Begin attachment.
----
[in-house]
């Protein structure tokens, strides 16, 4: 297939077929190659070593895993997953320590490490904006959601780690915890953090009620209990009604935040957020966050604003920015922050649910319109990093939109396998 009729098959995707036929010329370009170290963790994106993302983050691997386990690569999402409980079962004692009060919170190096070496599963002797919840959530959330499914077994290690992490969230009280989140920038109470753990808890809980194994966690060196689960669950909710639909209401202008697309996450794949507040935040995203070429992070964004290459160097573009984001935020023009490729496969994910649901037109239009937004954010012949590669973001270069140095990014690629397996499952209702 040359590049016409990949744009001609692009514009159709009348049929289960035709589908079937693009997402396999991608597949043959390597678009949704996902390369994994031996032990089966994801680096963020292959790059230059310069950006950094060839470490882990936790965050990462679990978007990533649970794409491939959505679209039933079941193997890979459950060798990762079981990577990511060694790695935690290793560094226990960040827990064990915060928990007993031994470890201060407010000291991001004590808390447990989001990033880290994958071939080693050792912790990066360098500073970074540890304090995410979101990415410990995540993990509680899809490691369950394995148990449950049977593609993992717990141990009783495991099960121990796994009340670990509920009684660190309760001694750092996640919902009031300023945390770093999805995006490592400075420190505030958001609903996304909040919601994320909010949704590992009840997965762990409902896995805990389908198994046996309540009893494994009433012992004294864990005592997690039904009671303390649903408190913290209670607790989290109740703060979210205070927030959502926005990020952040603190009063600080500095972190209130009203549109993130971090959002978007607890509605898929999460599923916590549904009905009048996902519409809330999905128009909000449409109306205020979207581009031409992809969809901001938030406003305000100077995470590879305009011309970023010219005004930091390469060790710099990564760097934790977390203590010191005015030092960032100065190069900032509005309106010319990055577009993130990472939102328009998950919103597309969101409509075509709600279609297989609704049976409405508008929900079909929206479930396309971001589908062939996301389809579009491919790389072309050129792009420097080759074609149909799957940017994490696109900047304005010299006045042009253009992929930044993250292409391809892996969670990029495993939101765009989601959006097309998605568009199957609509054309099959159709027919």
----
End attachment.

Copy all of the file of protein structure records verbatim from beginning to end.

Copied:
[in-house]
């Protein structure tokens, strides 16, 4: 297939077929190659070593895993997953320590490490904006959601780690915890953090009620209990009604935040957020966050604003920015922050649910319109990093939109396998 009729098959995707036929010329370009170290963790994106993302983050691997386990690569999402409980079962004692009060919170190096070496599963002797919840959530959330499914077994290690992490969230009280989140920038109470753990808890809980194994966690060196689960669950909710639909209401202008697309996450794949507040935040995203070429992070964004290459160097573009984001935020023009490729496969994910649901037109239009937004954010012949590669973001270069140095990014690629397996499952209702 040359590049016409990949744009001609692009514009159709009348049929289960035709589908079937693009997402396999991608597949043959390597678009949704996902390369994994031996032990089966994801680096963020292959790059230059310069950006950094060839470490882990936790965050990462679990978007990533649970794409491939959505679209039933079941193997890979459950060798990762079981990577990511060694790695935690290793560094226990960040827990064990915060928990007993031994470890201060407010000291991001004590808390447990989001990033880290994958071939080693050792912790990066360098500073970074540890304090995410979101990415410990995540993990509680899809490691369950394995148990449950049977593609993992717990141990009783495991099960121990796994009340670990509920009684660190309760001694750092996640919902009031300023945390770093999805995006490592400075420190505030958001609903996304909040919601994320909010949704590992009840997965762990409902896995805990389908198994046996309540009893494994009433012992004294864990005592997690039904009671303390649903408190913290209670607790989290109740703060979210205070927030959502926005990020952040603190009063600080500095972190209130009203549109993130971090959002978007607890509605898929999460599923916590549904009905009048996902519409809330999905128009909000449409109306205020979207581009031409992809969809901001938030406003305000100077995470590879305009011309970023010219005004930091390469060790710099990564760097934790977390203590010191005015030092960032100065190069900032509005309106010319990055577009993130990472939102328009998950919103597309969101409509075509709600279609297989609704049976409405508008929900079909929206479930396309971001589908062939996301389809579009491919790389072309050129792009420097080759074609149909799957940017994490696109900047304005010299006045042009253009992929930044993250292409391809892996969670990029495993939101765009989601959006097309998605568009199957609509054309099959159709027919």